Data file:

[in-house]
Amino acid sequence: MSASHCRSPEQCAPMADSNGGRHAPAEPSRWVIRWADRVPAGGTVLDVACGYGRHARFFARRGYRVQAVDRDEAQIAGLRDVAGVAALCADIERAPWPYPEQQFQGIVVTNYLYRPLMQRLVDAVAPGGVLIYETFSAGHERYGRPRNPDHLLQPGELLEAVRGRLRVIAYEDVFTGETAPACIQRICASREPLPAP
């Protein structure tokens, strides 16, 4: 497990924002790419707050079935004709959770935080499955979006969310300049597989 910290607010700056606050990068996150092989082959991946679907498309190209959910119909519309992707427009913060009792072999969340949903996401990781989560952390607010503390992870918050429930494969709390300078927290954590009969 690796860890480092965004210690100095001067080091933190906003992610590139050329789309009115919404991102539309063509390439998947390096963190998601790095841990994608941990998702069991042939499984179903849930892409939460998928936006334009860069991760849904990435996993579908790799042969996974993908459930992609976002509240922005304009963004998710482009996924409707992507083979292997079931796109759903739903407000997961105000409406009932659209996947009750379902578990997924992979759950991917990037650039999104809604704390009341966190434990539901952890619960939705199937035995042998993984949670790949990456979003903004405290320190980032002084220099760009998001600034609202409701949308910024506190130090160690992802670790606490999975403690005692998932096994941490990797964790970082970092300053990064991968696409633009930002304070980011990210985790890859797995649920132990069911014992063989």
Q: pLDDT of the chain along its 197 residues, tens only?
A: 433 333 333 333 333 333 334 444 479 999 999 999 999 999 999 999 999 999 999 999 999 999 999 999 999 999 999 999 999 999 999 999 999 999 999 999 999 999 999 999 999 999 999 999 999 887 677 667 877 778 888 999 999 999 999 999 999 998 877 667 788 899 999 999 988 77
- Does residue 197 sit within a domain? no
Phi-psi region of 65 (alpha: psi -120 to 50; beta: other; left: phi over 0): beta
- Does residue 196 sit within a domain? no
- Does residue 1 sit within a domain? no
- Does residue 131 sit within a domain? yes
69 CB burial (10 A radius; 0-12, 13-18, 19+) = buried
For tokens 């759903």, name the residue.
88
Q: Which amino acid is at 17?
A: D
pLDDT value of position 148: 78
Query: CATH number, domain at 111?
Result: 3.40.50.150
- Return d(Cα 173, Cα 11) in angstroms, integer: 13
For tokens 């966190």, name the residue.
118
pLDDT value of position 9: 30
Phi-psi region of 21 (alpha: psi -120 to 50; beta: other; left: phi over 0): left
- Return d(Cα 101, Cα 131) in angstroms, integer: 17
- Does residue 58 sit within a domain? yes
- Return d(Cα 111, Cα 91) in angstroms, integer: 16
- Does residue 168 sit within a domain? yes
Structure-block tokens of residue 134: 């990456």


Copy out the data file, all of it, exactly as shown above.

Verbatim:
[in-house]
Amino acid sequence: MSASHCRSPEQCAPMADSNGGRHAPAEPSRWVIRWADRVPAGGTVLDVACGYGRHARFFARRGYRVQAVDRDEAQIAGLRDVAGVAALCADIERAPWPYPEQQFQGIVVTNYLYRPLMQRLVDAVAPGGVLIYETFSAGHERYGRPRNPDHLLQPGELLEAVRGRLRVIAYEDVFTGETAPACIQRICASREPLPAP
């Protein structure tokens, strides 16, 4: 497990924002790419707050079935004709959770935080499955979006969310300049597989 910290607010700056606050990068996150092989082959991946679907498309190209959910119909519309992707427009913060009792072999969340949903996401990781989560952390607010503390992870918050429930494969709390300078927290954590009969 690796860890480092965004210690100095001067080091933190906003992610590139050329789309009115919404991102539309063509390439998947390096963190998601790095841990994608941990998702069991042939499984179903849930892409939460998928936006334009860069991760849904990435996993579908790799042969996974993908459930992609976002509240922005304009963004998710482009996924409707992507083979292997079931796109759903739903407000997961105000409406009932659209996947009750379902578990997924992979759950991917990037650039999104809604704390009341966190434990539901952890619960939705199937035995042998993984949670790949990456979003903004405290320190980032002084220099760009998001600034609202409701949308910024506190130090160690992802670790606490999975403690005692998932096994941490990797964790970082970092300053990064991968696409633009930002304070980011990210985790890859797995649920132990069911014992063989």
Q: pLDDT of the chain along its 197 residues, tens only?
A: 433 333 333 333 333 333 334 444 479 999 999 999 999 999 999 999 999 999 999 999 999 999 999 999 999 999 999 999 999 999 999 999 999 999 999 999 999 999 999 999 999 999 999 999 999 887 677 667 877 778 888 999 999 999 999 999 999 998 877 667 788 899 999 999 988 77
- Does residue 197 sit within a domain? no
Phi-psi region of 65 (alpha: psi -120 to 50; beta: other; left: phi over 0): beta
- Does residue 196 sit within a domain? no
- Does residue 1 sit within a domain? no
- Does residue 131 sit within a domain? yes
69 CB burial (10 A radius; 0-12, 13-18, 19+) = buried
For tokens 């759903």, name the residue.
88
Q: Which amino acid is at 17?
A: D
pLDDT value of position 148: 78
Query: CATH number, domain at 111?
Result: 3.40.50.150
- Return d(Cα 173, Cα 11) in angstroms, integer: 13
For tokens 């966190």, name the residue.
118
pLDDT value of position 9: 30
Phi-psi region of 21 (alpha: psi -120 to 50; beta: other; left: phi over 0): left
- Return d(Cα 101, Cα 131) in angstroms, integer: 17
- Does residue 58 sit within a domain? yes
- Return d(Cα 111, Cα 91) in angstroms, integer: 16
- Does residue 168 sit within a domain? yes
Structure-block tokens of residue 134: 């990456």